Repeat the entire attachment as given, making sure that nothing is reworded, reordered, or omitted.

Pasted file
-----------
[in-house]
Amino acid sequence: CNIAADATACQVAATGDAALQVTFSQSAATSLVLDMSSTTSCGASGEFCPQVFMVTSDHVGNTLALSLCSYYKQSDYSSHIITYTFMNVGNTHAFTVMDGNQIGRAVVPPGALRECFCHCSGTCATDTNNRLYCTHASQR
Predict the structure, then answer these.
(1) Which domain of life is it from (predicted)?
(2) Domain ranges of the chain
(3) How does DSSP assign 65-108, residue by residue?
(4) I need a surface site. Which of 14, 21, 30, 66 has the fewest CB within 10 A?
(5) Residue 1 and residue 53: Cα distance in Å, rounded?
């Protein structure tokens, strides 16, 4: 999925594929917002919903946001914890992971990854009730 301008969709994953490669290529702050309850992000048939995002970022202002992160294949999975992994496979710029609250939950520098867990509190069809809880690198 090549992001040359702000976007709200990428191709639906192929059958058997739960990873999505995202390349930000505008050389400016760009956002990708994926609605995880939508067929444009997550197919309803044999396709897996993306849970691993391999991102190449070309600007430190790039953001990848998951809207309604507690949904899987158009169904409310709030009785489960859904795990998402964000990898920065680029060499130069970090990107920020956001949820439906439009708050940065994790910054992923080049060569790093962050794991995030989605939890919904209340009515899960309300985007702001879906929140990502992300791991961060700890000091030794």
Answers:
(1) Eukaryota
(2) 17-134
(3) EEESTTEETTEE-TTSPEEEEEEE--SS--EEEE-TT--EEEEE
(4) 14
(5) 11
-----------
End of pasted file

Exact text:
[in-house]
Amino acid sequence: CNIAADATACQVAATGDAALQVTFSQSAATSLVLDMSSTTSCGASGEFCPQVFMVTSDHVGNTLALSLCSYYKQSDYSSHIITYTFMNVGNTHAFTVMDGNQIGRAVVPPGALRECFCHCSGTCATDTNNRLYCTHASQR
Predict the structure, then answer these.
(1) Which domain of life is it from (predicted)?
(2) Domain ranges of the chain
(3) How does DSSP assign 65-108, residue by residue?
(4) I need a surface site. Which of 14, 21, 30, 66 has the fewest CB within 10 A?
(5) Residue 1 and residue 53: Cα distance in Å, rounded?
């Protein structure tokens, strides 16, 4: 999925594929917002919903946001914890992971990854009730 301008969709994953490669290529702050309850992000048939995002970022202002992160294949999975992994496979710029609250939950520098867990509190069809809880690198 090549992001040359702000976007709200990428191709639906192929059958058997739960990873999505995202390349930000505008050389400016760009956002990708994926609605995880939508067929444009997550197919309803044999396709897996993306849970691993391999991102190449070309600007430190790039953001990848998951809207309604507690949904899987158009169904409310709030009785489960859904795990998402964000990898920065680029060499130069970090990107920020956001949820439906439009708050940065994790910054992923080049060569790093962050794991995030989605939890919904209340009515899960309300985007702001879906929140990502992300791991961060700890000091030794």
Answers:
(1) Eukaryota
(2) 17-134
(3) EEESTTEETTEE-TTSPEEEEEEE--SS--EEEE-TT--EEEEE
(4) 14
(5) 11